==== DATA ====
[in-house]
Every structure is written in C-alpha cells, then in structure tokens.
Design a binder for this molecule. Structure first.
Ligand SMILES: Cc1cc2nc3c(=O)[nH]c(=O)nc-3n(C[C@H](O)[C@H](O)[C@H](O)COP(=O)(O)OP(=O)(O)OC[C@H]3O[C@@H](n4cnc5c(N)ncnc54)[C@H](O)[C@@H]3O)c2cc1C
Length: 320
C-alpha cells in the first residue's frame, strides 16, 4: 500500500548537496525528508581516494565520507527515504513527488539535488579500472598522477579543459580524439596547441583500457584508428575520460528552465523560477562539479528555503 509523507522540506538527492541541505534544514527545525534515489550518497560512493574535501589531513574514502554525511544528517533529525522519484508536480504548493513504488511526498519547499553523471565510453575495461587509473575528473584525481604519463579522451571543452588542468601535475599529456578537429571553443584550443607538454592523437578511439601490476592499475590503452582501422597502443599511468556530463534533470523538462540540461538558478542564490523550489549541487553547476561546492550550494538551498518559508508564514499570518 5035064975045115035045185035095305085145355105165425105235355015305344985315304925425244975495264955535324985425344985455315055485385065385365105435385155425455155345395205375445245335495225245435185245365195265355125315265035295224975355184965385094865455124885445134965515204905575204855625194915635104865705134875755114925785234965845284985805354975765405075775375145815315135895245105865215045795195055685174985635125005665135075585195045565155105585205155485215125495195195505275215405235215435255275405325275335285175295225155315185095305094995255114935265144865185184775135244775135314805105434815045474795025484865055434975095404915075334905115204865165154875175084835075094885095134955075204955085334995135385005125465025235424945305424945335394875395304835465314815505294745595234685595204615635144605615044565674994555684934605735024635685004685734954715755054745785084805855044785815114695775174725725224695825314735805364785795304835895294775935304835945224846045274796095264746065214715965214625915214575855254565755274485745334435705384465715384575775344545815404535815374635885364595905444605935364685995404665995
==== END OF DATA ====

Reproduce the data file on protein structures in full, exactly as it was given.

[in-house]
Every structure is written in C-alpha cells, then in structure tokens.
Design a binder for this molecule. Structure first.
Ligand SMILES: Cc1cc2nc3c(=O)[nH]c(=O)nc-3n(C[C@H](O)[C@H](O)[C@H](O)COP(=O)(O)OP(=O)(O)OC[C@H]3O[C@@H](n4cnc5c(N)ncnc54)[C@H](O)[C@@H]3O)c2cc1C
Length: 320
C-alpha cells in the first residue's frame, strides 16, 4: 500500500548537496525528508581516494565520507527515504513527488539535488579500472598522477579543459580524439596547441583500457584508428575520460528552465523560477562539479528555503 509523507522540506538527492541541505534544514527545525534515489550518497560512493574535501589531513574514502554525511544528517533529525522519484508536480504548493513504488511526498519547499553523471565510453575495461587509473575528473584525481604519463579522451571543452588542468601535475599529456578537429571553443584550443607538454592523437578511439601490476592499475590503452582501422597502443599511468556530463534533470523538462540540461538558478542564490523550489549541487553547476561546492550550494538551498518559508508564514499570518 5035064975045115035045185035095305085145355105165425105235355015305344985315304925425244975495264955535324985425344985455315055485385065385365105435385155425455155345395205375445245335495225245435185245365195265355125315265035295224975355184965385094865455124885445134965515204905575204855625194915635104865705134875755114925785234965845284985805354975765405075775375145815315135895245105865215045795195055685174985635125005665135075585195045565155105585205155485215125495195195505275215405235215435255275405325275335285175295225155315185095305094995255114935265144865185184775135244775135314805105434815045474795025484865055434975095404915075334905115204865165154875175084835075094885095134955075204955085334995135385005125465025235424945305424945335394875395304835465314815505294745595234685595204615635144605615044565674994555684934605735024635685004685734954715755054745785084805855044785815114695775174725725224695825314735805364785795304835895294775935304835945224846045274796095264746065214715965214625915214575855254565755274485745334435705384465715384575775344545815404535815374635885364595905444605935364685995404665995